Twentysomethings are pretending to text just to avoid you

A recent study from the Pew Internet & American Life Project about cell-phone use in adults ages eighteen to twenty found mostly unsurprising results: for instance, did you know that young people use their phones as entertainment devices? And that they sometimes need to turn off their phones in order to separate from the electronic hive mind? It's true! But if you really want proof that our technology is turning us into mental hermits with no connection to the rest of humanity, this is the result for you:

And most surprisingly of all, 30% of adults 18-29 have pretended to be on the phone in order to avoid human interaction, the report says.

How is this surprising? Doesn't everyone do this all the time in awkward social situations? (Read: most of them.) As someone who loathes and fears other people in great measure, I assure you that this move is one of the classics. (It is so much easier than bleeding from your eyes.) So remember: the next time it seems like that person you're approaching at a party is faking a phone conversation or tapping out a text the length of Anna Karenina, it's only because my peers and I are socially maladjusted.

Commentarium (16 Comments)

Aug 16 11 - 12:07pm
Gazbo

While I am sympathetic to your distress, I don't exactly understand why you go to parties to avoid people. What is the payoff - watching Elaine dance badly?

Aug 16 11 - 12:33pm
Payoff is...

Free drinks and booty.

Aug 16 11 - 12:47pm
So True

My favourite is the old "Fake phone conversation that lasts exactly as long as it takes to walk past the Greenpeace people on the sidewalk" trick.

Aug 16 11 - 2:03pm
NuckingFuts

I just flat out ignore them and walk right past them without even acknowldeging them, stone cold style!

Aug 17 11 - 2:55am
Pauper For Peace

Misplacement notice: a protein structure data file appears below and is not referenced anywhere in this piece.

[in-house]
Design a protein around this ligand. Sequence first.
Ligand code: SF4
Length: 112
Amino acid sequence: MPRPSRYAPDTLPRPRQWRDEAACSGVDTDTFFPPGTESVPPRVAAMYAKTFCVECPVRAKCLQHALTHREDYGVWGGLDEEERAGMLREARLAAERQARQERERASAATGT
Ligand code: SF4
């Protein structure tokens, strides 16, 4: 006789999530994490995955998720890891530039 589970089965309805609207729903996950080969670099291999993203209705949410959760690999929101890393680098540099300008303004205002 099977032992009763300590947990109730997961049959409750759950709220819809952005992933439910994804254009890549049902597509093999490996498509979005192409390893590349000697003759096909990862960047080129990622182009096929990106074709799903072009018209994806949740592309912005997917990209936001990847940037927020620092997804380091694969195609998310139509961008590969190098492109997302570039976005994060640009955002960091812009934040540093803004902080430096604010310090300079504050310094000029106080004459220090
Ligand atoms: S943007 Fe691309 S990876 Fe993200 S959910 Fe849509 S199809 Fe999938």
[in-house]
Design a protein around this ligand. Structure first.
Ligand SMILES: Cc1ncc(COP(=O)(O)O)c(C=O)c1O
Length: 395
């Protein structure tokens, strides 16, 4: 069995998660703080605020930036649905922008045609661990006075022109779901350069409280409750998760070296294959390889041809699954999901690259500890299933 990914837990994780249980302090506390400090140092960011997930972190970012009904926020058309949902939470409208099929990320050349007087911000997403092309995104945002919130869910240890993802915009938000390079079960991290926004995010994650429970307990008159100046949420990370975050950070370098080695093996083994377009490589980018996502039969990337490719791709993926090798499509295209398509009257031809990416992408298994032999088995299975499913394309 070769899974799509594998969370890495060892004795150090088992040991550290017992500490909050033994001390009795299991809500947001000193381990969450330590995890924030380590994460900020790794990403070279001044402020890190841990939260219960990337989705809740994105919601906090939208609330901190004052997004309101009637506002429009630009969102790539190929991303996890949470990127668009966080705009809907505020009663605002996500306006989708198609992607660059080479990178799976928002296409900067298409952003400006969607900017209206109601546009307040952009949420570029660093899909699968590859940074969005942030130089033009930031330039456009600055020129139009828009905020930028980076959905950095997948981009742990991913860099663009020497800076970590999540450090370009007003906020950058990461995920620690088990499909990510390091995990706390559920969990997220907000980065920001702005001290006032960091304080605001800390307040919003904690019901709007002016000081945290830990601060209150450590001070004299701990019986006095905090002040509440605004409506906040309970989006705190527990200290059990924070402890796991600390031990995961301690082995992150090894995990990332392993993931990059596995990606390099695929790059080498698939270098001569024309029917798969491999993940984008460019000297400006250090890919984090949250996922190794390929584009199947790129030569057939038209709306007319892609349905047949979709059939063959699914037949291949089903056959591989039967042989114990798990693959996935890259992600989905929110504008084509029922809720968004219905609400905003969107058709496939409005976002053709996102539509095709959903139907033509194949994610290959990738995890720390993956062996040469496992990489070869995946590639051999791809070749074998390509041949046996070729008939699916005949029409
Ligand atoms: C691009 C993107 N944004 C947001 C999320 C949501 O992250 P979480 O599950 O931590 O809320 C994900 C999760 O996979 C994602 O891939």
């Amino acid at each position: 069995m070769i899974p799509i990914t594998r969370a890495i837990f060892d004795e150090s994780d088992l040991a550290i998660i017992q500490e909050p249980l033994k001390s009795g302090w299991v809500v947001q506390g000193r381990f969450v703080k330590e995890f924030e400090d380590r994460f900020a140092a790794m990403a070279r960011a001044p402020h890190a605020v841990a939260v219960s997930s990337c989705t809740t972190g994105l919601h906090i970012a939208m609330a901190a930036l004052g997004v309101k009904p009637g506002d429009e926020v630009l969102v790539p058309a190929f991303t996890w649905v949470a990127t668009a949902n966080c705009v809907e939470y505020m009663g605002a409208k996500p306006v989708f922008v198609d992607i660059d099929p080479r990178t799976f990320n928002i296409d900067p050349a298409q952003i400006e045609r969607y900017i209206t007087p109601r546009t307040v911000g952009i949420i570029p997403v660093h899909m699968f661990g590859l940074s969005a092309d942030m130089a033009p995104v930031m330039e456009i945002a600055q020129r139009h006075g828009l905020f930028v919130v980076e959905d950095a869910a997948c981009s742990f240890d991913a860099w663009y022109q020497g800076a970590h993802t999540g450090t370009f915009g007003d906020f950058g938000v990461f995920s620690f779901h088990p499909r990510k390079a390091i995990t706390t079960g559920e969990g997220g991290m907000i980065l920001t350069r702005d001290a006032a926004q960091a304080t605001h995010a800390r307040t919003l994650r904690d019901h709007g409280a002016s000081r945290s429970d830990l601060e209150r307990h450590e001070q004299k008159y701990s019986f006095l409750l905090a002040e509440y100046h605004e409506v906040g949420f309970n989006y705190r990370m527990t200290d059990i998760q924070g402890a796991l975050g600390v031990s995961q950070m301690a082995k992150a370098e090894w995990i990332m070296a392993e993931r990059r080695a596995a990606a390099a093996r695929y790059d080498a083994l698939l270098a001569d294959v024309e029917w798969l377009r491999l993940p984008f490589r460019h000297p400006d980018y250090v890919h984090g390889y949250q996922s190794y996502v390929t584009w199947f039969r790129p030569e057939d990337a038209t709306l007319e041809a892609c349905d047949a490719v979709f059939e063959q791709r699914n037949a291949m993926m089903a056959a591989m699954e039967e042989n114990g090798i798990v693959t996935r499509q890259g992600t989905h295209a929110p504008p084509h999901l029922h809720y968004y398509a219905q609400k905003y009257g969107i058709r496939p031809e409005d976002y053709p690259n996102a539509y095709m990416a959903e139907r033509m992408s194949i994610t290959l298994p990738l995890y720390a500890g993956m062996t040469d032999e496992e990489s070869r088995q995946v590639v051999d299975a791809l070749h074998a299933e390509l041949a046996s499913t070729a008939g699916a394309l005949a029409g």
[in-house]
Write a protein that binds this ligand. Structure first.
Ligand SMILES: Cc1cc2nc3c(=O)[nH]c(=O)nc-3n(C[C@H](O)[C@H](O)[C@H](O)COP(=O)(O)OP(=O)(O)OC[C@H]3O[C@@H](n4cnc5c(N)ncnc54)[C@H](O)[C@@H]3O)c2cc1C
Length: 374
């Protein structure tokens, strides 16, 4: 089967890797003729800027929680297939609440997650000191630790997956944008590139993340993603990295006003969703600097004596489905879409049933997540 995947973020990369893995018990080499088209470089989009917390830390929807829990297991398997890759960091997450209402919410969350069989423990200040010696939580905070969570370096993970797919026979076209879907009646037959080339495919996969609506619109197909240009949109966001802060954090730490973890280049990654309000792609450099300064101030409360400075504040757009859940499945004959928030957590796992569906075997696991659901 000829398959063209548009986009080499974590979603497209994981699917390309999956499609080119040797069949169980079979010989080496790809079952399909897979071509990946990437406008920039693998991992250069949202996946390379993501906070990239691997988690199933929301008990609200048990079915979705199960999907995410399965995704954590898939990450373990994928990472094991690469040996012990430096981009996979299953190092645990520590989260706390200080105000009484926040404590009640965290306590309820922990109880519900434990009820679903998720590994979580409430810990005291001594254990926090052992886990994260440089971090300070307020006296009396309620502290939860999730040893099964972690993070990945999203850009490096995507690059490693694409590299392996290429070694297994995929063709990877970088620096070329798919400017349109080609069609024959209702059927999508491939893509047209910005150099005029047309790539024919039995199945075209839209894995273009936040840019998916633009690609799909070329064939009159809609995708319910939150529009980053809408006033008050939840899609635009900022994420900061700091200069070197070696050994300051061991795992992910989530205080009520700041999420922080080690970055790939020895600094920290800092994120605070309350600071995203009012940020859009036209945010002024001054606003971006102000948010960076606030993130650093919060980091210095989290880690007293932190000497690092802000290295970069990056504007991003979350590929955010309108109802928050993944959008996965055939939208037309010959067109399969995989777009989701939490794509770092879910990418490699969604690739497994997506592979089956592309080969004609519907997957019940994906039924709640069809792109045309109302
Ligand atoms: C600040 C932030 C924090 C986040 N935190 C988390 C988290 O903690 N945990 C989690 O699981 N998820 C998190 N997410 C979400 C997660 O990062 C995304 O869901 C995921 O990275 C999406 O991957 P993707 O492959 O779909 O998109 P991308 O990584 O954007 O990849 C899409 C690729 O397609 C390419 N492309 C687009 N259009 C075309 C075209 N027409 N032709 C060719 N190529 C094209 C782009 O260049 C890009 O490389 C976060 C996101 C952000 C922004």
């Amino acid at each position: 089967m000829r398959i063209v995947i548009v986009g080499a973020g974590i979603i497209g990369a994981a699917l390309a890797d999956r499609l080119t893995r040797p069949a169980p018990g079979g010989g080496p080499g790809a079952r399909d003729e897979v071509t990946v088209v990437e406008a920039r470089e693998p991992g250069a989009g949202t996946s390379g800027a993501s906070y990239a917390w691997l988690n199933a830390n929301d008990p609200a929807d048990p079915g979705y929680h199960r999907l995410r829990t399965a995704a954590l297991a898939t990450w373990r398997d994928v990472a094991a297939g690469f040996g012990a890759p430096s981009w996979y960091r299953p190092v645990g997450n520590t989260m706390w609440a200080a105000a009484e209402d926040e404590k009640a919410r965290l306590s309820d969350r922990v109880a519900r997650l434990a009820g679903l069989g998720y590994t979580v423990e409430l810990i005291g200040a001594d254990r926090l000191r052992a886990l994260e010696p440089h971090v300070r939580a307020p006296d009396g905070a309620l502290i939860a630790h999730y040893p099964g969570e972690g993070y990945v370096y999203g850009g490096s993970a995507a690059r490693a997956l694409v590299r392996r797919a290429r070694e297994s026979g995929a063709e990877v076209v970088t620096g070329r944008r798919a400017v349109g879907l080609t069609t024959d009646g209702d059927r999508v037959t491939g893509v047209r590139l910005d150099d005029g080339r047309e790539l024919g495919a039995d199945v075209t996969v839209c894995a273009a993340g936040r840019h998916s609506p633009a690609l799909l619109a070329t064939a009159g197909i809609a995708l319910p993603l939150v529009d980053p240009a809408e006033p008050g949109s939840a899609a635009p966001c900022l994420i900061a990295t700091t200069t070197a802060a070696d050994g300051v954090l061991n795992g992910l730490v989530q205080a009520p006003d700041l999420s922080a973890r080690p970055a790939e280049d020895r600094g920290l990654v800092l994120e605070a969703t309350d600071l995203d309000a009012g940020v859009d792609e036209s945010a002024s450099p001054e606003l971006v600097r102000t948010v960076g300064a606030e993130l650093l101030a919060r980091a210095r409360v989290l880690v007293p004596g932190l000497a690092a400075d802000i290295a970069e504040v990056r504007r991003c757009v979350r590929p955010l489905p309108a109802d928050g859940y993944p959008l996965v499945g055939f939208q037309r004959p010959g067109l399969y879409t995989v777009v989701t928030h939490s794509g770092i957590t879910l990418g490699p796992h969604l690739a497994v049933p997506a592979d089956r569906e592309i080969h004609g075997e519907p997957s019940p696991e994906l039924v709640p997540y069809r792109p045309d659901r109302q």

Here's the easy way to deal with those GP folks, simply say "so I look like your target demographic, do I? Sorry, appearances are deceiving. Have a nice day."

Aug 16 11 - 1:37pm
Show

Different age, same gag.

Just that back in the day people would look at their watches or fiddle with some papers.

Aug 16 11 - 2:05pm
NuckingFuts

"How is this surprising? Doesn't everyone do this all the time in awkward social situations. (Read: most of them.) As someone who loathes and fears other people in great measure, I assure you that this move is one of the classics. (It is so much easier than bleeding from your eyes.) So remember: the next time it seems like that person you're approaching at a party is faking a phone conversation or tapping out a text the length of Anna Karenina, it's only because my peers and I are socially maladjusted." Well, at least you can admit you're all a bunch of assholes!

Aug 16 11 - 2:38pm
Lego

I, personally, am guilty of this ( and I don't feel bad!). Not at parties though... mostly on the bus and street when there are creepers following me/trying to chat with me.

Aug 16 11 - 3:01pm
bp

I'm guilty of this. But mostly I pretend to be checking my phone at stop signs when I'm on the bike and running the dog next to me, so cars won't try to wave me by while I wait for them to go. My dog is trained not to cross streets in front of running cars. It's very convenient because otherwise we have to get into that awkward, "You go. No, you go. No, really, you go," waving contest.

Aug 16 11 - 3:02pm
src

I've done this on the subway a couple times when someone directly across from me was trying to engage me, even following me through the car when I changed seats. Where else am I going to look to avoid eye contact?

Aug 16 11 - 5:59pm
Secret Character

Pretend like you're on a phone call. On the subway. Show them you take your pretending very seriously.

Aug 17 11 - 3:01am
Mike Litorus

In this situation, it pays to know some obscure foreign language (Finnish/Swedish, etc.)phrases, so when some stranger tries to engage you so, respond loudly to them with such a phrase. The combination of unexpected amplification plus the what-the-hell-language-was-that factor ought to put them right beck into their minding-my-own-business place. If they persist, use the broken record technique (but using alternating phrases).

Aug 16 11 - 6:34pm
profrobert

@src: How about those fascinating Dr. Zizmore ads?

Aug 17 11 - 12:56am
Jfs$2)

I usually pretend to talk on my cell phone when I'm outside drinking coffee and I can see a panhandler approaching to ask me for money. I feel bad saying no, but I don't want to give money away either to someone who might use it for drugs (I donate to charity).

Aug 17 11 - 3:35pm
TwiddlerOnTheHoof

On a side note, consuder buying your cranky, neighbourhood hobo a Bluetooth hands-free headset. That anti-social stigma of yelling at no one in particular will go when folks think he's chastising his broker for a bad deal.